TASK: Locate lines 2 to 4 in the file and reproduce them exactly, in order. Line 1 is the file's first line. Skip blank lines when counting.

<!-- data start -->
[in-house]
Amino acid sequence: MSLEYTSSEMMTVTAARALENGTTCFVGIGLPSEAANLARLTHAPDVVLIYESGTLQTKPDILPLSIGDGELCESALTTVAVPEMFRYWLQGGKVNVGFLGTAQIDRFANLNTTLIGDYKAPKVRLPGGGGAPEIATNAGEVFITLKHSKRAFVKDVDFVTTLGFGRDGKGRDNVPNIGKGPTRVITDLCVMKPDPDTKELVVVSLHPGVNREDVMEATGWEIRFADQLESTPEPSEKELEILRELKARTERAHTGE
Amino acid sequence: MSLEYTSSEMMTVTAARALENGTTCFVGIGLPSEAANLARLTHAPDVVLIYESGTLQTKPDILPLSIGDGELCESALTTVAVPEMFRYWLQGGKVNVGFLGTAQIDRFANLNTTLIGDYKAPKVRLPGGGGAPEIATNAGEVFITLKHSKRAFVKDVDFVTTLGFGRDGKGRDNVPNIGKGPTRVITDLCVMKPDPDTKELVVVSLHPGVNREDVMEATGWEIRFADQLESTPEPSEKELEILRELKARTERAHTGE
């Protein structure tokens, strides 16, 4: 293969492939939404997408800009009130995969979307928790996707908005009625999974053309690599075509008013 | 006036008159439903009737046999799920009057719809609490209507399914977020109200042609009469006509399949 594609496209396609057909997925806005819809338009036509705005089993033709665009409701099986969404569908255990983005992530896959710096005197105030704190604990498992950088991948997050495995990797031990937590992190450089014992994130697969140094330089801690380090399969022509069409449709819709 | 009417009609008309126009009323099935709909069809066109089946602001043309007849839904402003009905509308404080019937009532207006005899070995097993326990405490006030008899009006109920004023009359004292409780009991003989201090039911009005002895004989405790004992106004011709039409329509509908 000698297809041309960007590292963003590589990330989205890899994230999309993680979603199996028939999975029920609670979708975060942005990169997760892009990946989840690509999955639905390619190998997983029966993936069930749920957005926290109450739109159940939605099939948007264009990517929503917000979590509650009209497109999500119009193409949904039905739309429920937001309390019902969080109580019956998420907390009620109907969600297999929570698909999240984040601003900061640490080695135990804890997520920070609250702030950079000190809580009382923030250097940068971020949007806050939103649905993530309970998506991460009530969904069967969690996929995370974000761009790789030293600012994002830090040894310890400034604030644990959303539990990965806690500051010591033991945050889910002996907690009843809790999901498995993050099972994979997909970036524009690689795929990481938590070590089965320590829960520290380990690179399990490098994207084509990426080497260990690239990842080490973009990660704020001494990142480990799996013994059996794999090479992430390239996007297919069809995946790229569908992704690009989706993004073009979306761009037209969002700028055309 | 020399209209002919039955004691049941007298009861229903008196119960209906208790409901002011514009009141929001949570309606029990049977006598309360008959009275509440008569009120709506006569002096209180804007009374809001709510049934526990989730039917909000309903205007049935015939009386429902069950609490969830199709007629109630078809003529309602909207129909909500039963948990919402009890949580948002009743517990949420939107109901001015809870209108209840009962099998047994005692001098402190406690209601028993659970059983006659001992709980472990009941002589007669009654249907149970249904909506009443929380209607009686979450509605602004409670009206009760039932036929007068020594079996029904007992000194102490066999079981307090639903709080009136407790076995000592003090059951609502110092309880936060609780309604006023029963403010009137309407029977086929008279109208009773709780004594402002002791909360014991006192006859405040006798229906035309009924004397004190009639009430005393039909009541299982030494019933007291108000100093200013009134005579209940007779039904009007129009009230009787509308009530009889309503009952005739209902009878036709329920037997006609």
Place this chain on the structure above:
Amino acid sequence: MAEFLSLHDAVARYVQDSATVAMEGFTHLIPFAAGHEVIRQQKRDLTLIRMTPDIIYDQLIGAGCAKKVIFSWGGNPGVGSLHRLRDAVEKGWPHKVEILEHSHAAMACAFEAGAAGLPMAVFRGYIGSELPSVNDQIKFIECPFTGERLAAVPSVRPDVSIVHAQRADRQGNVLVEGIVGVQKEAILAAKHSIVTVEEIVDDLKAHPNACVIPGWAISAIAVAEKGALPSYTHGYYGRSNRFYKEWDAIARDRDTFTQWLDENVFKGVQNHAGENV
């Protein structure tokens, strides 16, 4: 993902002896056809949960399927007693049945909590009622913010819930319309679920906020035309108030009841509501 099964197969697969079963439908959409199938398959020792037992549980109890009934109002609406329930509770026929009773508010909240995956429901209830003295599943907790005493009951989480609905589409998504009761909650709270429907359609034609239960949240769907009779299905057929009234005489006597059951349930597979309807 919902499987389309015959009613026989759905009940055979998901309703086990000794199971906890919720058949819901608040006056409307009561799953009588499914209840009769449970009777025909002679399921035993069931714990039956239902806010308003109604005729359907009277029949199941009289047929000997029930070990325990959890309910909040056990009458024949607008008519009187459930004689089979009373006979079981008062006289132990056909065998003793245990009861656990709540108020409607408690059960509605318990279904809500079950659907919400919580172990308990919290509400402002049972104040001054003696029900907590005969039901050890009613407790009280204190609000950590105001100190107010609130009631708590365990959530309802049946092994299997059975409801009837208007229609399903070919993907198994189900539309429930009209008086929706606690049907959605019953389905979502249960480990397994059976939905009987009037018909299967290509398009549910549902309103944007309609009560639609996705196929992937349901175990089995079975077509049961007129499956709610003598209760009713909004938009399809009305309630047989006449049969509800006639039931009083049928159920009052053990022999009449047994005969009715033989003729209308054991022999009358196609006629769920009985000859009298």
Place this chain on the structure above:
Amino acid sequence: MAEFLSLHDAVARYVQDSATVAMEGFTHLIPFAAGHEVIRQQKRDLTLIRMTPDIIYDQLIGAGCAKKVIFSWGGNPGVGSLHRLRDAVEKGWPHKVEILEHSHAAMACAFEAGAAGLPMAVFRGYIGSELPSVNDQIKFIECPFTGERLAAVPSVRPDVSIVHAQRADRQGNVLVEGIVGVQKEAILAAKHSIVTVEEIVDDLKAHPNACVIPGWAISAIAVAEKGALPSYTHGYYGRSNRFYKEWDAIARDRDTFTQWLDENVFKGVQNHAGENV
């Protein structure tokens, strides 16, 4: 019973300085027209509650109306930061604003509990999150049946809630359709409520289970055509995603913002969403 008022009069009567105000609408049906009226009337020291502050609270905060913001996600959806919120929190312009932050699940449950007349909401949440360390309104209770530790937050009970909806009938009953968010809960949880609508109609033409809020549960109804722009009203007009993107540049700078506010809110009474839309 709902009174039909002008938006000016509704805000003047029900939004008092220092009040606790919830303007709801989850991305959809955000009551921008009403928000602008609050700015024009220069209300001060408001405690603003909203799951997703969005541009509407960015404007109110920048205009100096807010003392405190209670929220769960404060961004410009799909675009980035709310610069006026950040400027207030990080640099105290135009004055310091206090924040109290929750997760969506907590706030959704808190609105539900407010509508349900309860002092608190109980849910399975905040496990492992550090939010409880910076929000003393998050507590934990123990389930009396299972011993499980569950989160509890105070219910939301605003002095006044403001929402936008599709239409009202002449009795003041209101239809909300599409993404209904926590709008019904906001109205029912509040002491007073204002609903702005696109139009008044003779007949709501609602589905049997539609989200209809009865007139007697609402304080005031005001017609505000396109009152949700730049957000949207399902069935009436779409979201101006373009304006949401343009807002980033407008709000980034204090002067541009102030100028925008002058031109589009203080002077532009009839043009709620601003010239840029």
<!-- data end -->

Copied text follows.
Amino acid sequence: MSLEYTSSEMMTVTAARALENGTTCFVGIGLPSEAANLARLTHAPDVVLIYESGTLQTKPDILPLSIGDGELCESALTTVAVPEMFRYWLQGGKVNVGFLGTAQIDRFANLNTTLIGDYKAPKVRLPGGGGAPEIATNAGEVFITLKHSKRAFVKDVDFVTTLGFGRDGKGRDNVPNIGKGPTRVITDLCVMKPDPDTKELVVVSLHPGVNREDVMEATGWEIRFADQLESTPEPSEKELEILRELKARTERAHTGE
Amino acid sequence: MSLEYTSSEMMTVTAARALENGTTCFVGIGLPSEAANLARLTHAPDVVLIYESGTLQTKPDILPLSIGDGELCESALTTVAVPEMFRYWLQGGKVNVGFLGTAQIDRFANLNTTLIGDYKAPKVRLPGGGGAPEIATNAGEVFITLKHSKRAFVKDVDFVTTLGFGRDGKGRDNVPNIGKGPTRVITDLCVMKPDPDTKELVVVSLHPGVNREDVMEATGWEIRFADQLESTPEPSEKELEILRELKARTERAHTGE
């Protein structure tokens, strides 16, 4: 293969492939939404997408800009009130995969979307928790996707908005009625999974053309690599075509008013 | 006036008159439903009737046999799920009057719809609490209507399914977020109200042609009469006509399949 594609496209396609057909997925806005819809338009036509705005089993033709665009409701099986969404569908255990983005992530896959710096005197105030704190604990498992950088991948997050495995990797031990937590992190450089014992994130697969140094330089801690380090399969022509069409449709819709 | 009417009609008309126009009323099935709909069809066109089946602001043309007849839904402003009905509308404080019937009532207006005899070995097993326990405490006030008899009006109920004023009359004292409780009991003989201090039911009005002895004989405790004992106004011709039409329509509908 000698297809041309960007590292963003590589990330989205890899994230999309993680979603199996028939999975029920609670979708975060942005990169997760892009990946989840690509999955639905390619190998997983029966993936069930749920957005926290109450739109159940939605099939948007264009990517929503917000979590509650009209497109999500119009193409949904039905739309429920937001309390019902969080109580019956998420907390009620109907969600297999929570698909999240984040601003900061640490080695135990804890997520920070609250702030950079000190809580009382923030250097940068971020949007806050939103649905993530309970998506991460009530969904069967969690996929995370974000761009790789030293600012994002830090040894310890400034604030644990959303539990990965806690500051010591033991945050889910002996907690009843809790999901498995993050099972994979997909970036524009690689795929990481938590070590089965320590829960520290380990690179399990490098994207084509990426080497260990690239990842080490973009990660704020001494990142480990799996013994059996794999090479992430390239996007297919069809995946790229569908992704690009989706993004073009979306761009037209969002700028055309 | 020399209209002919039955004691049941007298009861229903008196119960209906208790409901002011514009009141929001949570309606029990049977006598309360008959009275509440008569009120709506006569002096209180804007009374809001709510049934526990989730039917909000309903205007049935015939009386429902069950609490969830199709007629109630078809003529309602909207129909909500039963948990919402009890949580948002009743517990949420939107109901001015809870209108209840009962099998047994005692001098402190406690209601028993659970059983006659001992709980472990009941002589007669009654249907149970249904909506009443929380209607009686979450509605602004409670009206009760039932036929007068020594079996029904007992000194102490066999079981307090639903709080009136407790076995000592003090059951609502110092309880936060609780309604006023029963403010009137309407029977086929008279109208009773709780004594402002002791909360014991006192006859405040006798229906035309009924004397004190009639009430005393039909009541299982030494019933007291108000100093200013009134005579209940007779039904009007129009009230009787509308009530009889309503009952005739209902009878036709329920037997006609």